Global opportunities often bring logistics and transportation to the forefront of the discussion. To capitalize on sourcing and sales in global markets—and to price goods and services successfully—an enterprise needs a supply chain solution that can connect, report, give insight, and communicate across the globe.
Supply Chain Finance
Organizations can maintain the timely flow of goods across borders by understanding international trade agreements and requirements—letters of credit, tariffs, terms of sale, and other financial considerations. All financial documentation must be in order to avoid profit-killing delays in buying, selling, and sourcing.
An integrated workflow approach can help reach global profitability. While some TMS solutions offer software platforms to integrate global inbound and outbound transportation, strategic silos can still remain in many enterprises. The information and technology are available to bridge the gaps, but the strategic intent is missing. Logistics and transportation groups should lead this unification process to create a truly global infrastructure.
Border controls and Customs procedures pose significant and costly barriers for shipments of all kinds. Automation can overcome manual data entry errors that are often the cause of significant delays and fines. Organizations must also develop processes around security, safety, and compliance in various jurisdictions to prevent unnecessary difficulties and delays, and ensure that suppliers understand and follow those procedures.
Real-Time, Dynamic Routing
Global instability and rapidly changing infrastructures in countries around the world call for dynamic routing approaches. The most efficient route in August may not be in September, since any number of factors can influence that determination. To account for all the variables, effective global transportation strategies will likely employ TMS technology, processes, and expertise, which allow for real-time agility and risk mitigation.
Even the most perfectly planned global shipment can be ruined by theft, counterfeiting, hurricanes, floods, political unrest, labor disputes, documentation errors, or mechanical problems. Overcoming these hurdles requires a strategic view of supply chain risks.
The risk management role is essential for global supply chains because preventing and managing risk associated with disruptions is more difficult on a global level than it would be regionally or locally. Even in organizations with dedicated risk management staff, questions can arise about who is responsible—headquarters, regional offices, or third party transportation providers—for predicting, tracking, and resolving disruptions, and for understanding International Commercial Terms (Incoterms®) and associated risks around contracts, liability, and insurance.
Companies must decide how much time, money, and effort should be allocated to prevention vs. response. While strategic responsibility should reside at the top of the supply chain, it is critical to ensure that relationships are strong enough with suppliers, and that all parties understand the risk priorities, prevention strategies, and response plans.
A plan should include:
Many providers in the supply chain may have little or no risk management capabilities, so identifying the relative strength of core suppliers is important. Keep senior management aware of potential risks, since these vulnerabilities can have an impact on decisions regarding where to source, manufacture, and market products. Awareness and understanding of Incoterms® can help minimize confusion and misunderstanding of trade contract responsibilities and avoid the associated, costly risks.
Developing a risk management plan that clearly spells out the responsibilities of regional offices and third party providers establishes accountability. Developing and promoting a plan will contribute to vendor selection criteria—and help all parties understand the expectations for communication and response. Rather than wonder whether they need authorization from the home office, they can take responsibility for resolving issues and communicate updates accordingly.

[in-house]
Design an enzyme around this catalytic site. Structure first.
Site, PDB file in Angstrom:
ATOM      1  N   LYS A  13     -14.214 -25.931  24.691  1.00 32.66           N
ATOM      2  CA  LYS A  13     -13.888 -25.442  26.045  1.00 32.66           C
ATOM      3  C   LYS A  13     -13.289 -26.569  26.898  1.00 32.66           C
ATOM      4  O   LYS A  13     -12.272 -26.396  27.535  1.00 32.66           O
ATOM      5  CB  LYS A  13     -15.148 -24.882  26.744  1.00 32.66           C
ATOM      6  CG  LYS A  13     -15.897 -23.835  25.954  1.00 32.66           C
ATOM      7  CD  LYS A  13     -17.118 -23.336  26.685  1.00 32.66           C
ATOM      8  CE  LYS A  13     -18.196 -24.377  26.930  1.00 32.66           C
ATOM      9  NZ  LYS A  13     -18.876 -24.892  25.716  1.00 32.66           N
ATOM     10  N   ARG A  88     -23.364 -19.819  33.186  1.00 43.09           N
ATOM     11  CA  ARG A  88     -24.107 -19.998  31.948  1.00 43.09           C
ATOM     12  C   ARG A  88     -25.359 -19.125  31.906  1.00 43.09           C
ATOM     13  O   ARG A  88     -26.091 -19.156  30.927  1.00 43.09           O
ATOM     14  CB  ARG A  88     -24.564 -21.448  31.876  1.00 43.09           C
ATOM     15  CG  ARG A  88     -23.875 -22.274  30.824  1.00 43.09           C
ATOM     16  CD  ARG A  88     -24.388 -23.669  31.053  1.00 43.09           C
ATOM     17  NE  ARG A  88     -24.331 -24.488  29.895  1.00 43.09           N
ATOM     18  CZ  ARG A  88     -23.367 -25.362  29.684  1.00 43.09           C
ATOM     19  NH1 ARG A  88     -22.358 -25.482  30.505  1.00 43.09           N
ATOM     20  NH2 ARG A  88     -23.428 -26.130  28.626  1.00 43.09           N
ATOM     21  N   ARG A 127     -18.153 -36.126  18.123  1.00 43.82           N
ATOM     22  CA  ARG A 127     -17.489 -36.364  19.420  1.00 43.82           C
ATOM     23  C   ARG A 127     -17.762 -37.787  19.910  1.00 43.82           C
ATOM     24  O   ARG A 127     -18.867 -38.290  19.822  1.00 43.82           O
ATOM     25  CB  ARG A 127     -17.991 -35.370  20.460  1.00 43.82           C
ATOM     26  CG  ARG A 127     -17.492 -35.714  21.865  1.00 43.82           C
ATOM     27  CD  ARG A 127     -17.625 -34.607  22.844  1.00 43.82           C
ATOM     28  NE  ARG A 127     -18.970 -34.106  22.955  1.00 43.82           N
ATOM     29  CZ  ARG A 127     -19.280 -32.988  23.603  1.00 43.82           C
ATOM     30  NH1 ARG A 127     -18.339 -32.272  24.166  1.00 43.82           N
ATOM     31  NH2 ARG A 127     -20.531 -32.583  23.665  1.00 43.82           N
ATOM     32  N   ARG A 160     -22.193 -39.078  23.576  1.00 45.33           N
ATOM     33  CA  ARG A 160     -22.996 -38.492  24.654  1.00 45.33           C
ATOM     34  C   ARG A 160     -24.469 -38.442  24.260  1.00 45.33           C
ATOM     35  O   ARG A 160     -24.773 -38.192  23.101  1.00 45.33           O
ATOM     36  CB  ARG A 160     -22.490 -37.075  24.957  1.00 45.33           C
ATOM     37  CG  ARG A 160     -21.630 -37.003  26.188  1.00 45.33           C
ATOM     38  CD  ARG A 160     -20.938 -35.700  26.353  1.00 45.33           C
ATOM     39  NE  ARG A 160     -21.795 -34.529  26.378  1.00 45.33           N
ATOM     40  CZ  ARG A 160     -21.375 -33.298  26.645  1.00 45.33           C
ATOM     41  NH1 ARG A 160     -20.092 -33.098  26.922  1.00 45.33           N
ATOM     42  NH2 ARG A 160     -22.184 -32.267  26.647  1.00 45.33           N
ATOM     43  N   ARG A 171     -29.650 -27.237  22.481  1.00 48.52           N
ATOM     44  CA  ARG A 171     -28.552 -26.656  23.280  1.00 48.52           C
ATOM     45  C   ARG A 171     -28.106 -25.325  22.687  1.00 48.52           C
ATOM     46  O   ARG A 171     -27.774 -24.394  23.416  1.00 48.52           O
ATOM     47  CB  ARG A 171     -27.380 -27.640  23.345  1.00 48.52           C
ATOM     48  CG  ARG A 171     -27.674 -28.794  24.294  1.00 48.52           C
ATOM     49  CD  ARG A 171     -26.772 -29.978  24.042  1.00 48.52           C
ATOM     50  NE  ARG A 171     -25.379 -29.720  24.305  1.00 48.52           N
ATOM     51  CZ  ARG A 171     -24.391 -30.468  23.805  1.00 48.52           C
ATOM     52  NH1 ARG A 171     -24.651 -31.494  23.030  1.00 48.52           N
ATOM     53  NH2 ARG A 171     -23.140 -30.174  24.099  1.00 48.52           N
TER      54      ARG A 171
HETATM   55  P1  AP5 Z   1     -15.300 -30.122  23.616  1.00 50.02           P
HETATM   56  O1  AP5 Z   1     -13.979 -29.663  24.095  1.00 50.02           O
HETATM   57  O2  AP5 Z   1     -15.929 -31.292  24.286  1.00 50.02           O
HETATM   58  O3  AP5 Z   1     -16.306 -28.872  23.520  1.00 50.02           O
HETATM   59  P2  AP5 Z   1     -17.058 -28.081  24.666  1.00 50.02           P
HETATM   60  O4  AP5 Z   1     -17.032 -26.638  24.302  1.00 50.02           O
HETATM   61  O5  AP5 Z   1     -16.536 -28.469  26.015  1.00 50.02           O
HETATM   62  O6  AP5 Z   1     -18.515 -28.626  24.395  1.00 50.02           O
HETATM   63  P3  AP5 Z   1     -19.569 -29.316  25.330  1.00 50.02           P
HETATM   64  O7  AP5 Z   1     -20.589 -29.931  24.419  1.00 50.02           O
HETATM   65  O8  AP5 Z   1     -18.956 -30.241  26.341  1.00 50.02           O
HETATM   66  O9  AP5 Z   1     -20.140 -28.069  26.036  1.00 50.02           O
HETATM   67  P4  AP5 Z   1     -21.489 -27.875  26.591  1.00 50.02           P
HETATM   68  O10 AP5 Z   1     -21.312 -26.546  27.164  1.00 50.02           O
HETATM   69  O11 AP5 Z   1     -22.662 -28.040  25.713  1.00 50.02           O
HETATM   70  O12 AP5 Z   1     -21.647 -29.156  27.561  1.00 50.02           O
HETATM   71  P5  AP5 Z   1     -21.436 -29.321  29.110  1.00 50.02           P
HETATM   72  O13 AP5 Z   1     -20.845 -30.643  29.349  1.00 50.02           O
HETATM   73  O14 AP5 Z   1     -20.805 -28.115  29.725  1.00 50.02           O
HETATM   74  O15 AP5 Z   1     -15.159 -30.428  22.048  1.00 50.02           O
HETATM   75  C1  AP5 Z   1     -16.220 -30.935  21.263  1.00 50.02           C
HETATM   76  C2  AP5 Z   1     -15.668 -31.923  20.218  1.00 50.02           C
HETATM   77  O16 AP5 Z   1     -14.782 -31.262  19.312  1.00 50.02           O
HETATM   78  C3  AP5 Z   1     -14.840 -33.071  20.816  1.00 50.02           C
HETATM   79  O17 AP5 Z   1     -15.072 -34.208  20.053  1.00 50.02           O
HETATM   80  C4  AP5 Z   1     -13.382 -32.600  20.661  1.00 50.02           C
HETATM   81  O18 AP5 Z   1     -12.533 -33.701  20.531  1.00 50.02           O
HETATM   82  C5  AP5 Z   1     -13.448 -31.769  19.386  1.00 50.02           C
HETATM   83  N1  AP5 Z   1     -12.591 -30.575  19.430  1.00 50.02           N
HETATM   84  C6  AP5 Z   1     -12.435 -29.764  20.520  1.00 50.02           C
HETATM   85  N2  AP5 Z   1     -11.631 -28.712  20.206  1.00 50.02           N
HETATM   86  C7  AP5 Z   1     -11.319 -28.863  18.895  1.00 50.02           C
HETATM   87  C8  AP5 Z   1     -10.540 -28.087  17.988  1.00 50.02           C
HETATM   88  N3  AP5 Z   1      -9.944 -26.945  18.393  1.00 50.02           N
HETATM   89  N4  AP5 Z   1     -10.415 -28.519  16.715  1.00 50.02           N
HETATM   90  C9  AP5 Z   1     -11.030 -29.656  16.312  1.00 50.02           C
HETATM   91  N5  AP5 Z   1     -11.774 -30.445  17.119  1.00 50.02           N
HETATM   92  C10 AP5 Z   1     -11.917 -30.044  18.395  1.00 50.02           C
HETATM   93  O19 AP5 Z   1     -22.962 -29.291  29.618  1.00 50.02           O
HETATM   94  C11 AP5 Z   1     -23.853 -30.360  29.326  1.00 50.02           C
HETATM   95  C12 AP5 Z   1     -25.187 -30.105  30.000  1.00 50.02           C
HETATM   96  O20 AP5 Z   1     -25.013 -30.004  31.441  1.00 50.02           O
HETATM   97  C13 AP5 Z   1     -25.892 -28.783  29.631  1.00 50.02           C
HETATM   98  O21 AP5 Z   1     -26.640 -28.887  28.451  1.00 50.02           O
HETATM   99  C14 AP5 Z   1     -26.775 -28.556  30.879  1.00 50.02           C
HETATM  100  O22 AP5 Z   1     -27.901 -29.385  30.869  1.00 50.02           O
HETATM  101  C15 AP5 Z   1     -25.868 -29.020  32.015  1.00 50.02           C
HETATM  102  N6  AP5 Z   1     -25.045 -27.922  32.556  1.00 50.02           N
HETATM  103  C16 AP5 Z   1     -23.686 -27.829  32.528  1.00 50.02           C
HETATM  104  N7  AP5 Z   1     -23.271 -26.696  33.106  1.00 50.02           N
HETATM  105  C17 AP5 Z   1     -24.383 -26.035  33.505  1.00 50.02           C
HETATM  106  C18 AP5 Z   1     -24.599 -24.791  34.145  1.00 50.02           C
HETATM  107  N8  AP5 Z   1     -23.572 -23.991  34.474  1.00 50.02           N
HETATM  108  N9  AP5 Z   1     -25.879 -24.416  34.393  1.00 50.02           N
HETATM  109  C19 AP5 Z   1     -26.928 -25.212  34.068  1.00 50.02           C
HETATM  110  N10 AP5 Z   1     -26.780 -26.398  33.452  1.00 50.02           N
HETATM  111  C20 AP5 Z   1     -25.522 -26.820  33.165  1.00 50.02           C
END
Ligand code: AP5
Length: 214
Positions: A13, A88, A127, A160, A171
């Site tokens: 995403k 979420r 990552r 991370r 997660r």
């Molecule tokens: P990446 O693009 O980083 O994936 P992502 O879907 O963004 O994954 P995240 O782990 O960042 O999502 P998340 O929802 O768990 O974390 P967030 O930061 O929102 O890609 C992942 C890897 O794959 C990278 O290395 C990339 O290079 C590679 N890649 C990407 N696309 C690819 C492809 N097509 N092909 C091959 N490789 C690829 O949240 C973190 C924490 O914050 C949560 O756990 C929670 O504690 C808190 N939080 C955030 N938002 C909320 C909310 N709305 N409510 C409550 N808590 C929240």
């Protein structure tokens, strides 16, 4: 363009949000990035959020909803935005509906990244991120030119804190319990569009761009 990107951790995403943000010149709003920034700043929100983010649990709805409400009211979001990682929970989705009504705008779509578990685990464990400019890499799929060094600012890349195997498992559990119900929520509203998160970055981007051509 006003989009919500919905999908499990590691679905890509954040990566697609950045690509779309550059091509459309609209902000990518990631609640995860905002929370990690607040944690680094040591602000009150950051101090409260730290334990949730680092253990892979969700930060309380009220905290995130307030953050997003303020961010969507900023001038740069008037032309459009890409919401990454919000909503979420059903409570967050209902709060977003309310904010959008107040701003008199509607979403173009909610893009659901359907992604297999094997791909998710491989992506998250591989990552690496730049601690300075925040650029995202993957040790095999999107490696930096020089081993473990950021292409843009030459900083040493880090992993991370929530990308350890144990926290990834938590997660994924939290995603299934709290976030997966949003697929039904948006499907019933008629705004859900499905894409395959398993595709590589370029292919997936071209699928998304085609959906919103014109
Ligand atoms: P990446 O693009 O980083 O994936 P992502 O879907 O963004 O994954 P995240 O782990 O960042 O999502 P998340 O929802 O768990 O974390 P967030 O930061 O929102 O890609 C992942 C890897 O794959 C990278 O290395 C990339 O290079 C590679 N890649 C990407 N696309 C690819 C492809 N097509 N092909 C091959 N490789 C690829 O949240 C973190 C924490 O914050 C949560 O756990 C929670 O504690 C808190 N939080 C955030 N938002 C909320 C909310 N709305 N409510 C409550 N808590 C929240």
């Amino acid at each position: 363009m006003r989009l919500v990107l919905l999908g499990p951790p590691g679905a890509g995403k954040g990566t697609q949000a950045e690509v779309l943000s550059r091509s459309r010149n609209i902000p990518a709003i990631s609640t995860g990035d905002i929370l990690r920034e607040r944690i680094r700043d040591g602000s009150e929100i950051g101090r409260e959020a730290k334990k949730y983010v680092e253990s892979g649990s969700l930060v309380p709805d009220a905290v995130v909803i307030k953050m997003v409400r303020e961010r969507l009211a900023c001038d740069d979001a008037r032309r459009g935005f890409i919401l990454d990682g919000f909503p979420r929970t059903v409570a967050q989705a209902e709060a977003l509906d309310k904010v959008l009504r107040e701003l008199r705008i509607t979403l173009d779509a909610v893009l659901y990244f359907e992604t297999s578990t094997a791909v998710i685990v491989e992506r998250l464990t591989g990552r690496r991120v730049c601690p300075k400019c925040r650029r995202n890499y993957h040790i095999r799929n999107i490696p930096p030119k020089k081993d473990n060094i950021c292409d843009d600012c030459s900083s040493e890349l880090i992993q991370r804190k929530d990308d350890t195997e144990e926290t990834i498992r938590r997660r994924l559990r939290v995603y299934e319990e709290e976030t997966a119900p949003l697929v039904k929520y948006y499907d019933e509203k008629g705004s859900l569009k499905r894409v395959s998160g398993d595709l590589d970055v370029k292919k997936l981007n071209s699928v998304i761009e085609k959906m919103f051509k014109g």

Determining who has the decision-making authority for different parts of the supply chain is a critical component to success. All involved parties should understand their own responsibilities as well as those of others involved—especially when there is overlap.
Globalization moves transportation to a more prominent role in any organization. Growth-oriented enterprises and organizations that source from around the world will face a continuing challenge—the added cost, complexity, and risk that come with moving raw materials or finished products across multiple borders.
With integrated systems, strategies, and processes, organizations can coordinate the efforts of Customs brokers, freight forwarders, air and ocean carriers, logistics providers, and suppliers to create an effective transportation plan. At the same time, global transportation is not an in-house operation. It requires deep cooperation and integration of all these parties—in terms of both technology platforms and strategic intent—is essential for an effective global transportation plan.
By developing systems, strategies, processes, and insights that make efficient use of both time and space, organizations can streamline communications and increase competitiveness in the global marketplace. Not all supply chains—even global ones—require the same solutions. Tailoring the level of complexity involved can mean the difference between success and failure.
Single System Architecture.
Separate TMS systems on individual continents that send data to other discrete systems on other continents do not allow a true real-time, global view of a transportation network. A truly global TMS system spans all continents with no discrete data hand-offs and provides visibility within the same operating environment without exporting and importing data into standalone systems.
Supply Chain Visibility.
From a single platform, an organization should clearly see their entire supply chain, from procurement to drill-down details on every shipment worldwide. In a truly global system, leaders can capture relevant data, analyze it, and use the information to make more sustainable business decisions that achieve both cost and service goals.
Multiple Services and Modes.
Companies should be able to see details for air, ocean, rail, and road capabilities, and obtain utilization reports for each. Customs compliance rigor should also be part of the system to manage import and export Customs activities.
A global TMS accommodates specific currency, language, tax, and tariff requirements for each country or region.
By providing statistical business intelligence insights, truly global TMS systems can support more profitable management decisions and greater customer satisfaction.